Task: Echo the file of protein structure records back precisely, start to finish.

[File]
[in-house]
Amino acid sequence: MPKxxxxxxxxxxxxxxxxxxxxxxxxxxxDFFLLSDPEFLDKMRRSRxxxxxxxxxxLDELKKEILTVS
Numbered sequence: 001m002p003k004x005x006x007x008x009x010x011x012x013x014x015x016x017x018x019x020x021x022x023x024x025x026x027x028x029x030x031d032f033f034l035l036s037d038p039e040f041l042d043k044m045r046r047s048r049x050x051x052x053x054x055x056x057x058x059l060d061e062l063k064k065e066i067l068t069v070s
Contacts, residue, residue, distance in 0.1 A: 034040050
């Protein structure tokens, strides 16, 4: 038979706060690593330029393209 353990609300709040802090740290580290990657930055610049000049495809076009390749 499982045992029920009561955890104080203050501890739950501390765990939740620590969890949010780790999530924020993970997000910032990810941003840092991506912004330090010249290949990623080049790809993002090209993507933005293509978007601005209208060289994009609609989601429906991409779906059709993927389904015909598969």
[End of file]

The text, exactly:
[in-house]
Amino acid sequence: MPKxxxxxxxxxxxxxxxxxxxxxxxxxxxDFFLLSDPEFLDKMRRSRxxxxxxxxxxLDELKKEILTVS
Numbered sequence: 001m002p003k004x005x006x007x008x009x010x011x012x013x014x015x016x017x018x019x020x021x022x023x024x025x026x027x028x029x030x031d032f033f034l035l036s037d038p039e040f041l042d043k044m045r046r047s048r049x050x051x052x053x054x055x056x057x058x059l060d061e062l063k064k065e066i067l068t069v070s
Contacts, residue, residue, distance in 0.1 A: 034040050
């Protein structure tokens, strides 16, 4: 038979706060690593330029393209 353990609300709040802090740290580290990657930055610049000049495809076009390749 499982045992029920009561955890104080203050501890739950501390765990939740620590969890949010780790999530924020993970997000910032990810941003840092991506912004330090010249290949990623080049790809993002090209993507933005293509978007601005209208060289994009609609989601429906991409779906059709993927389904015909598969």